Winning all the marbles in the world can't come close to what a victory will mean tonight for whichever of these two fantastic WNBA finalists are able to prevail.
Behind the scenes staff are preparing for either eventuality with two sets of championship hats and shirts and bottles of champagne chilling in one of the arena's many walk-in coolers. An alternate "off stage" location for a trophy presentation is set up in case of an Indiana Fever victory with the ceremony taking place on the court if the Phoenix Mercury wins.
The players and coaches of both teams are prepared and excited and ready to go. Penny Taylor said at shoot around that she wished the game would start immediately and the Fever players were screaming their excitement during their pre-practice warm up drills.
It shouldn't be any surprise that as close as these two teams have been on the court their approach to this final game still is miles apart.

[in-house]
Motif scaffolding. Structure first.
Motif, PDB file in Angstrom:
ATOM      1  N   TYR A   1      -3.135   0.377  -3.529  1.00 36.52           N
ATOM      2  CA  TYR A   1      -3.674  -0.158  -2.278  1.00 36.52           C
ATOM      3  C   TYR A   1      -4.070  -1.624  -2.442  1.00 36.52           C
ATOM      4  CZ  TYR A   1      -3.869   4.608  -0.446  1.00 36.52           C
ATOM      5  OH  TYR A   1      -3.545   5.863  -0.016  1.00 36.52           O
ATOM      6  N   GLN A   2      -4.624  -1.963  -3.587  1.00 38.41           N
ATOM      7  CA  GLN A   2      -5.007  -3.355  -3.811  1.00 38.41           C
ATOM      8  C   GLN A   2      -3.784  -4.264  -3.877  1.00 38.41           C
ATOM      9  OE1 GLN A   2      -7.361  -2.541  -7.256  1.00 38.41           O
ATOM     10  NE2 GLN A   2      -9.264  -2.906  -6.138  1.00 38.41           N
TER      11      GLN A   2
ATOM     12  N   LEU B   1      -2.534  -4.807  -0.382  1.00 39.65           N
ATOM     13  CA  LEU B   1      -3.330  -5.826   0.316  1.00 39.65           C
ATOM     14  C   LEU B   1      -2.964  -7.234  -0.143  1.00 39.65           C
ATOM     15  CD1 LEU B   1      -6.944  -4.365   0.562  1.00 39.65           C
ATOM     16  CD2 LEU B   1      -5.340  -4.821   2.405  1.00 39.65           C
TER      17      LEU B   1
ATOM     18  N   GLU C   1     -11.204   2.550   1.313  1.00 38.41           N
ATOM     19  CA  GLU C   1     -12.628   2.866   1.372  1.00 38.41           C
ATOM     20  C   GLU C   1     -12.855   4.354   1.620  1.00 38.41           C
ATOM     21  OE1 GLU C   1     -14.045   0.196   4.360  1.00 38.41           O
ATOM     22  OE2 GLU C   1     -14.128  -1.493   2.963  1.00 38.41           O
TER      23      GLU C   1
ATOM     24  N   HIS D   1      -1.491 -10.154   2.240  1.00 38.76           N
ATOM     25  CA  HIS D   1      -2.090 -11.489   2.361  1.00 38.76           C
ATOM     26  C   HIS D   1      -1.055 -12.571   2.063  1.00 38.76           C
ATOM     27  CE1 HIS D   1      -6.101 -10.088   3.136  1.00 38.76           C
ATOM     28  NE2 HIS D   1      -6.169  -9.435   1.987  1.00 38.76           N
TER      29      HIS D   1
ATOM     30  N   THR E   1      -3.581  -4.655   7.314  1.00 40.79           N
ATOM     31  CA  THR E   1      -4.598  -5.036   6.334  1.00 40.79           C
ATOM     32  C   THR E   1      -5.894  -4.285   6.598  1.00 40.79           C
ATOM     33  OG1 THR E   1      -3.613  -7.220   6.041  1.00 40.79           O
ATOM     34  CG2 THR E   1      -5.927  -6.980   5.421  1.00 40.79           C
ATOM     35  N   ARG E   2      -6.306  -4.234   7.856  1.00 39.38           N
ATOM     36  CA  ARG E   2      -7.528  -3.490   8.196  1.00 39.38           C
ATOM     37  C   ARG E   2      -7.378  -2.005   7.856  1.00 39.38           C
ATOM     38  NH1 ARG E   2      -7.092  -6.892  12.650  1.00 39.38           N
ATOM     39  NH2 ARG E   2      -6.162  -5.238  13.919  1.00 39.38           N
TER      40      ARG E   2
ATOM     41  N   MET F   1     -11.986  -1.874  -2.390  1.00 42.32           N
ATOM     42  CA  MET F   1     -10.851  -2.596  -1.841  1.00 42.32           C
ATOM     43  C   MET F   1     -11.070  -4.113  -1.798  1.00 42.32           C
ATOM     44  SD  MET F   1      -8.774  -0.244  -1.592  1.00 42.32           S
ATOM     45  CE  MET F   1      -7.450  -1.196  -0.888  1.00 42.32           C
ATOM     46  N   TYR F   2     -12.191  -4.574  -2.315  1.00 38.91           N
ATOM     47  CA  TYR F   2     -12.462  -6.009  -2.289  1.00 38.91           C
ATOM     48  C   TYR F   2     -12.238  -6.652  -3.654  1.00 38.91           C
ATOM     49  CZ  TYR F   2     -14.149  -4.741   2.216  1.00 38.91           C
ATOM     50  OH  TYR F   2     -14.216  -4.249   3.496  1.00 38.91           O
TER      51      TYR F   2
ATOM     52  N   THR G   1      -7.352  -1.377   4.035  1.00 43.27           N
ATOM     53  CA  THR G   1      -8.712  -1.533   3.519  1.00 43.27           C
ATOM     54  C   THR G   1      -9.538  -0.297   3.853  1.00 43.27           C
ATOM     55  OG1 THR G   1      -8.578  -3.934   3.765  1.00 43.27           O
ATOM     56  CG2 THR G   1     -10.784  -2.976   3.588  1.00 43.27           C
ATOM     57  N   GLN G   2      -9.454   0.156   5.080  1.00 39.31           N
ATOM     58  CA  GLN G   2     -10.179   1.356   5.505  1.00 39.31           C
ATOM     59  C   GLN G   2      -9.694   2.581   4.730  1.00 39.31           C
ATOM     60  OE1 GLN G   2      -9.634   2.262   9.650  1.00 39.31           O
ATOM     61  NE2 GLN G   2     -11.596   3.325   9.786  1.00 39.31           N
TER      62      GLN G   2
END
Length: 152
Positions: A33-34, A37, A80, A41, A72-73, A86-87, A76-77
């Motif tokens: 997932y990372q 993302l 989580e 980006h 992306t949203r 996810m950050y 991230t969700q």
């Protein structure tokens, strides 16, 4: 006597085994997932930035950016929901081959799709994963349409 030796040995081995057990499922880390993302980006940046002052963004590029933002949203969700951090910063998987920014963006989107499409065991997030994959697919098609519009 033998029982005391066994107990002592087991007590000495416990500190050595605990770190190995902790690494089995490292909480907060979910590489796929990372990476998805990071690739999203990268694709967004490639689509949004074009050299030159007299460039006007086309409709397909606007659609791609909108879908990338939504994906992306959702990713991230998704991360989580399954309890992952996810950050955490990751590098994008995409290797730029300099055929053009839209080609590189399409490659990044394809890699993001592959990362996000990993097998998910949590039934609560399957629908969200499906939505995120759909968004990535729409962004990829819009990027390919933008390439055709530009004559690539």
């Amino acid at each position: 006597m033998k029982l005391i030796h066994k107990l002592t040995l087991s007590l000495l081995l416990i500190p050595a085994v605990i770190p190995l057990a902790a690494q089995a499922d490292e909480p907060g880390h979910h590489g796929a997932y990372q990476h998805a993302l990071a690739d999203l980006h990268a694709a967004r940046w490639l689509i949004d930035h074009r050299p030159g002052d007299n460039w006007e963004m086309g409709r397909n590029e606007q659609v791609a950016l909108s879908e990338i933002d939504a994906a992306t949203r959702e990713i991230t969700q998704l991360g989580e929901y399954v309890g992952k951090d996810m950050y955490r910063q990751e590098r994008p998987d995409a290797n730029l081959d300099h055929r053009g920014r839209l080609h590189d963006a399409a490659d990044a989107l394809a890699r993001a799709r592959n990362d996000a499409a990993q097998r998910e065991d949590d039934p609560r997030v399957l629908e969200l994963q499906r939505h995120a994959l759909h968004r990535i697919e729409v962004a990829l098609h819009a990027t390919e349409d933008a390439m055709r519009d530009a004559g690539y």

Fever coach Lin Dunn thinks that her team will win 95-90 and feels like her offense is the key while the Mercury are talking about rebounding and stopping dribble penetration.
You heard that right. The best defensive team in the league fells like they need to score more points to win the ring and the best offensive team in league history is focused on getting stops.
Nothing else I could possibly say demonstrates how competitive and hard fought this series has been. You have two stubborn coaches who fully understand just how good their opponent is and how important it is for them to be marginally better in the weaker areas of their game in order to become the champion.
That is exactly what a Finals series should be about.
Mercury superstar scoring machine Diana Taurasi has had her biggest impact on the defensive end and is leading her team with 7 rebounds per game. She said this about their ability to disrupt the Fever's interior offense, "You know if we eliminate that it makes life a lot easier for us. The worst thing is when you play really good defense and then give up something easy around the rim. It deflates the team and stops our transition so we've been doing a better job of keeping them in front and keeping them out of the paint."